old time wire frets for dulcimer (or anything fretted)

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Forum topic by JonJ posted 01-09-2008 09:14 PM 5212 views 3 times favorited 13 replies Add to Favorites Watch
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163 posts in 4079 days

01-09-2008 09:14 PM

Topic tags/keywords: tip dulcimer luthier frets cheap traditional

I often wondered how luthiers of old found their fret wire…I mean, even now it’s not something you can usually hop down to the corner market and pick up, so how did they build those dulcimers in the backwoods where you had to scratch build just about all of it? Real fret wire has sort of a capital “T” cross section…you cut a slot in the neck and pound the base into the groove till all you see is the top of the wire. While I’m sure they have had this style of fret since 1800’s and maybe before, I bet it was not easy to get, or cheap.

I was lucky enough to get to see a dulcimer that dated back to the late 1800’s. There is a world of difference between speculation as to how they did something back then, vs. seeing the real deal. Then you know FOR A FACT how it was done.

It was so simple, I coudn’t belive it! maybe there are some luthiers here that, this is old stuff to them, but I had never heard of it. You take common piece of bailing or any other type of wire and bend it in sort of a staple shape. You drill small holes at each side of the neck where the fret goes and press it in…how easy is that! to make it more secure, you could glue it, or if you really wanted to get carried away, cut a recess under the neck to crimp the ends or twist together. Depending on the diameter of the wire, your nut and bridge groove depth would have to be cut accordingly. I suppose unless you used a hardened wire, it may wear grooves a little quicker, but this is such a cool trick and a money saver too, I have to share it. Not to mention, if you wanted to make a REALLY traditional instrument with carved wooden tuning pegs, these frets would be perfect.

This is a sketch I drew and sent to a friend who also builds dulcimers. Hope it makes sense.
There is also the bit on there about hourglass vs. teardrop body styles. I know I mentioned that in a seperate post, but it’s already on the drawing so we’ll just leave it there in case someone missed it!

I’ll try to post actual pix of these frets being installed someday…


-- Jon

13 replies so far

View rikkor's profile


11295 posts in 4114 days

#1 posted 01-09-2008 09:33 PM

Neat! One (wannabe) luthier who appreciates the history lesson.

View GaryK's profile


10262 posts in 4227 days

#2 posted 01-09-2008 10:33 PM

Very cool! I never thought of that.

-- Gary - Never pass up the opportunity to make a mistake look like you planned it that way - Tyler, TX

View MsDebbieP's profile


18618 posts in 4400 days

#3 posted 01-09-2008 10:43 PM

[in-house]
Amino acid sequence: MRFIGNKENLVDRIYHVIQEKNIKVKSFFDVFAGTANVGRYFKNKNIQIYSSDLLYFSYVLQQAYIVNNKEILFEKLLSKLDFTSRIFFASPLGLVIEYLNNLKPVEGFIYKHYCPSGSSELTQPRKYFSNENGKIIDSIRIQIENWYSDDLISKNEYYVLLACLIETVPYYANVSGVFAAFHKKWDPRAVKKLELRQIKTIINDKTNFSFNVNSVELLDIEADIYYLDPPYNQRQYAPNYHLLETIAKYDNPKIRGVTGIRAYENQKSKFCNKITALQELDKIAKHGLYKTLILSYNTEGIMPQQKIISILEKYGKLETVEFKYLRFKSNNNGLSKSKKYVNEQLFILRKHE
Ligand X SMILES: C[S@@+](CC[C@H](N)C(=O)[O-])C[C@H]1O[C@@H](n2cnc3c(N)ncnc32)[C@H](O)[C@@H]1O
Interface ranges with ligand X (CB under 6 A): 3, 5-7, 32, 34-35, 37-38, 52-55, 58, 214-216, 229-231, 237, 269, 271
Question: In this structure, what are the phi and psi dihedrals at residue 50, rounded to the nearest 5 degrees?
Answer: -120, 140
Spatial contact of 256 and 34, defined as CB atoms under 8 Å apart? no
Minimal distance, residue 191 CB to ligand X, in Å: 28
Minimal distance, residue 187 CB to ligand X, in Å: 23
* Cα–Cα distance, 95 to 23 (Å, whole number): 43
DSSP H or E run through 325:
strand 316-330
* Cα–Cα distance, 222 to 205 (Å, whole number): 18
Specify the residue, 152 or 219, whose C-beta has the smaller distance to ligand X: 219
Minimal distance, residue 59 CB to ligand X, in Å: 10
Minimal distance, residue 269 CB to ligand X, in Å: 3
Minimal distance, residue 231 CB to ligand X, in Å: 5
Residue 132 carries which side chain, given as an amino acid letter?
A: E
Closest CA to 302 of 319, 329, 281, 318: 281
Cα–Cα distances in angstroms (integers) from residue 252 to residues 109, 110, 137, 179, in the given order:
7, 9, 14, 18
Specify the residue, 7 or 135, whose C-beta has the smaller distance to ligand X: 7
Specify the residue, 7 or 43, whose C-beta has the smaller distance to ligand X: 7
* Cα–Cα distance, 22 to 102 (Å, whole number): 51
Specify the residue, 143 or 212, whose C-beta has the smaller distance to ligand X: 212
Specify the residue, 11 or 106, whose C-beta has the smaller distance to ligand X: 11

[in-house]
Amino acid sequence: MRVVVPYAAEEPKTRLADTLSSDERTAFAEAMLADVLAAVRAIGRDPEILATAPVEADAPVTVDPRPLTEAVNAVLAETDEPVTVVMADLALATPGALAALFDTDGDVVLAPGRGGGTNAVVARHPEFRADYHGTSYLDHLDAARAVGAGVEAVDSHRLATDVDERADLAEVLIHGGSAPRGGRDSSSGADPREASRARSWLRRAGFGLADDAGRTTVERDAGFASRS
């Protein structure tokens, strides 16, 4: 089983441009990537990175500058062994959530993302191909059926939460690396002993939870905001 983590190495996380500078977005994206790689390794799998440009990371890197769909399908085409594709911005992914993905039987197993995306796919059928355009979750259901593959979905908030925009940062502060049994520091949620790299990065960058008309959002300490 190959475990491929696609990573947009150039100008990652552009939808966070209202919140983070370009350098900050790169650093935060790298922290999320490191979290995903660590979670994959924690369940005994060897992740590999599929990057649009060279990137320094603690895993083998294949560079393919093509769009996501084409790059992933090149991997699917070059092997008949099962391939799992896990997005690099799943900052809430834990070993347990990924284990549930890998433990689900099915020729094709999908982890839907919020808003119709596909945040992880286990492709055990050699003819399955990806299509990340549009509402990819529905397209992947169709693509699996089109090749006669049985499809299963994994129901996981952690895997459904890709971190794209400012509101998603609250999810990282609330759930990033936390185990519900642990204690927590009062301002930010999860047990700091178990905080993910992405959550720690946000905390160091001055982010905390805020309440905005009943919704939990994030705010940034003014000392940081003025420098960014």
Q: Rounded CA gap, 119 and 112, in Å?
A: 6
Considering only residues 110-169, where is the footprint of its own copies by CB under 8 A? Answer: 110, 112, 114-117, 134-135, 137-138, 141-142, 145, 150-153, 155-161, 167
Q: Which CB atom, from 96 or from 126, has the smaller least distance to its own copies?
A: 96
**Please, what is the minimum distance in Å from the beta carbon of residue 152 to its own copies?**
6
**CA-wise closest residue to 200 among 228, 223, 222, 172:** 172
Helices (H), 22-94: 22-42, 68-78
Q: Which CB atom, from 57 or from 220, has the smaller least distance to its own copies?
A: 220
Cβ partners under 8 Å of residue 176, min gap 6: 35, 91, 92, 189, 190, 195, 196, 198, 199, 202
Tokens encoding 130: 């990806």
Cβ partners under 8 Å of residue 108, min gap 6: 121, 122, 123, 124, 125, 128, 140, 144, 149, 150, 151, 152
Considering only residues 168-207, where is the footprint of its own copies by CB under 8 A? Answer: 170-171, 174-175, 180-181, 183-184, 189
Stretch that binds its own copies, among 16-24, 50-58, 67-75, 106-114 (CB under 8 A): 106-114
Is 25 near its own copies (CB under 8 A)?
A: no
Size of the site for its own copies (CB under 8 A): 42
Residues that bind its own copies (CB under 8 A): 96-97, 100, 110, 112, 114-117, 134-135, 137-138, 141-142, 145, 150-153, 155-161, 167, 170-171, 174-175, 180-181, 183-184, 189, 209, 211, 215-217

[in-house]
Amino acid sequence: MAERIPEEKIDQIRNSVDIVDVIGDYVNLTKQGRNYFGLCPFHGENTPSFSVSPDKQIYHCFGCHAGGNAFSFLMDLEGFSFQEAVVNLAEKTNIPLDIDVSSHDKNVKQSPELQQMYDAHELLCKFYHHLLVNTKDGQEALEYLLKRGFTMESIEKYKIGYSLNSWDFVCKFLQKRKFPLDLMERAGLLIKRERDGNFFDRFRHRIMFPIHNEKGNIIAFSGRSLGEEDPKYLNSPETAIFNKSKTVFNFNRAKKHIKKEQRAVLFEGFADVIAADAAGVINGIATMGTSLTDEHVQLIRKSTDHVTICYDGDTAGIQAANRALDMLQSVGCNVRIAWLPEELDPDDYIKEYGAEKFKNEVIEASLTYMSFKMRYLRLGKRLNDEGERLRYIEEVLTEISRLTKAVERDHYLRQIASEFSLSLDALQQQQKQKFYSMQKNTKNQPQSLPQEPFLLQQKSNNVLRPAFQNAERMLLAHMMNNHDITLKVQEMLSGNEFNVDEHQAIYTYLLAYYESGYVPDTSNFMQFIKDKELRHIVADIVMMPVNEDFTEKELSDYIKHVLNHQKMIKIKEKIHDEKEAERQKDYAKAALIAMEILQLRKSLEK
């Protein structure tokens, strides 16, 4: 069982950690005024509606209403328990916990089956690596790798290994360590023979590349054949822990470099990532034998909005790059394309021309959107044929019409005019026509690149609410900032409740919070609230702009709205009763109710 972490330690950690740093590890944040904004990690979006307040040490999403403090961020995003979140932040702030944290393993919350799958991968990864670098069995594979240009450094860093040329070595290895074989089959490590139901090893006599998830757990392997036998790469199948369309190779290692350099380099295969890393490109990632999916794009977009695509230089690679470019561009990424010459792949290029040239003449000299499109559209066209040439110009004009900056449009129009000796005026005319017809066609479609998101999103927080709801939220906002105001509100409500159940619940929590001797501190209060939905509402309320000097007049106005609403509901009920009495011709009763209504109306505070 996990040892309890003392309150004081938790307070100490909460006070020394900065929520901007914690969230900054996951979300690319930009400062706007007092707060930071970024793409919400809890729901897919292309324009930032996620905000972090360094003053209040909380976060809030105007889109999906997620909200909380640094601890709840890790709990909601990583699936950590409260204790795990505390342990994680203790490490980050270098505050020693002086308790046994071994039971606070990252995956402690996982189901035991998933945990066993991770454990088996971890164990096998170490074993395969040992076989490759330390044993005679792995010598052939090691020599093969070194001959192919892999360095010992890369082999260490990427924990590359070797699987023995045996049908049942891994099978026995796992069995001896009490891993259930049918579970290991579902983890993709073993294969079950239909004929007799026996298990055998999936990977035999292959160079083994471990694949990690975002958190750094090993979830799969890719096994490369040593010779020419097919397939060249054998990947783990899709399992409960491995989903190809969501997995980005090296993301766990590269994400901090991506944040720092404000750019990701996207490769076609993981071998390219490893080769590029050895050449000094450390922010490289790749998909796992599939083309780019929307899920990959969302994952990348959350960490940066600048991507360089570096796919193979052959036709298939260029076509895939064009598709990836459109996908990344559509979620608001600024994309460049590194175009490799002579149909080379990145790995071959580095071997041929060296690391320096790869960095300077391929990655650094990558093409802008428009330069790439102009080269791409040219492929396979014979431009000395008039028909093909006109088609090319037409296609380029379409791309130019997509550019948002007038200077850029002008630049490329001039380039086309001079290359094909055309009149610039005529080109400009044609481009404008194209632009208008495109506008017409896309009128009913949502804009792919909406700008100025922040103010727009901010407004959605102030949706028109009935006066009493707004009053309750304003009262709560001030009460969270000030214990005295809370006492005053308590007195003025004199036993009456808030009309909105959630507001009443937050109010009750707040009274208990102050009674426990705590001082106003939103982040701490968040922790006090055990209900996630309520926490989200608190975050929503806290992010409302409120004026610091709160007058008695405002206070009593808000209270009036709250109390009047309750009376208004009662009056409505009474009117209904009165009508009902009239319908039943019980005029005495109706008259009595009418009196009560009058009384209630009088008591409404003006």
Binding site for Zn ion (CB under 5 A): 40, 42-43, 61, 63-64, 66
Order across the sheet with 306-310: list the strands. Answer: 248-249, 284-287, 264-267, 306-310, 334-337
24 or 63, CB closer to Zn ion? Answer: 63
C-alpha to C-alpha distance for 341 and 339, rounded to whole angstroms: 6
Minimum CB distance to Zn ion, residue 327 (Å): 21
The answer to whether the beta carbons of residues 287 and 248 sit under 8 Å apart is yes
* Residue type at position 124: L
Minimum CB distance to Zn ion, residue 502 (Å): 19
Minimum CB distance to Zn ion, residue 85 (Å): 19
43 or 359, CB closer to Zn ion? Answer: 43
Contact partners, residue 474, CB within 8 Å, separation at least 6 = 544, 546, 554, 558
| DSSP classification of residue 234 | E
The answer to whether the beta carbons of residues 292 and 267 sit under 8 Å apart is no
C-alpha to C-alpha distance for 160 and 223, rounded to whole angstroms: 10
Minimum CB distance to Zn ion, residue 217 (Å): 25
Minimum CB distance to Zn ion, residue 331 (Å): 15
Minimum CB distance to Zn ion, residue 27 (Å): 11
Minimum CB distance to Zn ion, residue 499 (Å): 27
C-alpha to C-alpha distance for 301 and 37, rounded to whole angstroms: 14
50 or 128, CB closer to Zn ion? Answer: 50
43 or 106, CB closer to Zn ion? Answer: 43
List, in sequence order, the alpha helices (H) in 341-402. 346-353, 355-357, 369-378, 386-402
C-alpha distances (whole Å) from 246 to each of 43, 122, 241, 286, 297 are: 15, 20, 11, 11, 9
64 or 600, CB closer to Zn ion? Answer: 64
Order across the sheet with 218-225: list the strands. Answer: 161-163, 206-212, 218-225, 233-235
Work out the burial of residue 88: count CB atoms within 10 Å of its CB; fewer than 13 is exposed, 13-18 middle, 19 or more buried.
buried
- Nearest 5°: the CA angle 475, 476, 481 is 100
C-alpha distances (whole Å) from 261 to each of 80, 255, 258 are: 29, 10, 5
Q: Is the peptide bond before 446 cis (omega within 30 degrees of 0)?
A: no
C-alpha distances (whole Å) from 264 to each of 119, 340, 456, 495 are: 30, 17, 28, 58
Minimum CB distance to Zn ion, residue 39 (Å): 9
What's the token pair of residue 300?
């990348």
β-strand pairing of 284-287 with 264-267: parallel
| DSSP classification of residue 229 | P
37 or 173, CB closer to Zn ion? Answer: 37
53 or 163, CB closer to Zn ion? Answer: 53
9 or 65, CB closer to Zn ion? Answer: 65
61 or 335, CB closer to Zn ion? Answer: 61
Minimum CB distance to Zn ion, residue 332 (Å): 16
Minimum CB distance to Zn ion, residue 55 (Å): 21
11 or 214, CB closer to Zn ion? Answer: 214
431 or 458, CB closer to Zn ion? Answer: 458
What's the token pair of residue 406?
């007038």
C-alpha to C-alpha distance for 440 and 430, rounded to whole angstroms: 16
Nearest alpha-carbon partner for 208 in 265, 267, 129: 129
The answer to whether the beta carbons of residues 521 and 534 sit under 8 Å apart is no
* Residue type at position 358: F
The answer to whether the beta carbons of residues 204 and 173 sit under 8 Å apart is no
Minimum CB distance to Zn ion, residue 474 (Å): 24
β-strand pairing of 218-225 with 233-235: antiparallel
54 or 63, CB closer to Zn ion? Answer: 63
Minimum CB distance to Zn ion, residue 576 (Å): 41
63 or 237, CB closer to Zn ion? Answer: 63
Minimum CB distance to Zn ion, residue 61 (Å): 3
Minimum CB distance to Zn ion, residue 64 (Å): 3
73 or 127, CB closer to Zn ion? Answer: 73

They were brilliant, weren’t they? !

-- ~ Debbie, Canada (, Young Living Wellness )

View roy's profile


134 posts in 4033 days

#4 posted 01-09-2008 11:58 PM

i heard people use to use field fence wire for their frets
love the article. i’ll have to build me a dulcimer for my next project

-- tn hillbilly.." tryin to do the best i can with what i got "

View JohnBartley's profile


3 posts in 4031 days

#5 posted 01-10-2008 12:27 AM

Very nice!! The information is fascinating – I love seeing how work was done historically. Thank you for posting this page.

cheers eh?

View Mario's profile


902 posts in 4290 days

#6 posted 01-10-2008 02:27 PM

That is really cool. Sometimes the easiest works the best. Thanks for the info.

-- Hope Never fails

View Thos. Angle's profile

Thos. Angle

4444 posts in 4201 days

#7 posted 01-10-2008 03:33 PM

Great info for the luthiers in the bunch. I like to play but don’t have to time to build or play much either. Danged shame, really.

-- Thos. Angle, Jordan Valley, Oregon

View oicurn2it2's profile


146 posts in 4077 days

#8 posted 01-11-2008 03:19 AM

youre making me wanna finish that banjo i started

-- "when you think youre going to slow, slow down just a little bit more" .... Pop's

View dennis mitchell's profile

dennis mitchell

3994 posts in 4553 days

#9 posted 01-11-2008 05:27 AM

State of the art (1800’s) Technology.

View JonJ's profile


163 posts in 4079 days

#10 posted 01-11-2008 05:00 PM

youre making me wanna finish that banjo i started

Do it! I think something is brewing…


-- Jon

View Occie gilliam's profile

Occie gilliam

505 posts in 3535 days

#11 posted 11-15-2009 03:50 PM

a little late for my response,
thanks for your post you have given me an idea to work with wire

-- OC down in Costa Rica. come down and see me some time. I'll keep the light on for you

View CharlieM1958's profile


16281 posts in 4457 days

#12 posted 11-15-2009 04:32 PM

Prior to modern technology, people used to have to actually use their heads. :-)

-- Charlie M. "Woodworking - patience = firewood"

View Tim Pletcher's profile

Tim Pletcher

90 posts in 3313 days

#13 posted 01-11-2010 08:50 PM

very cool, good work :)


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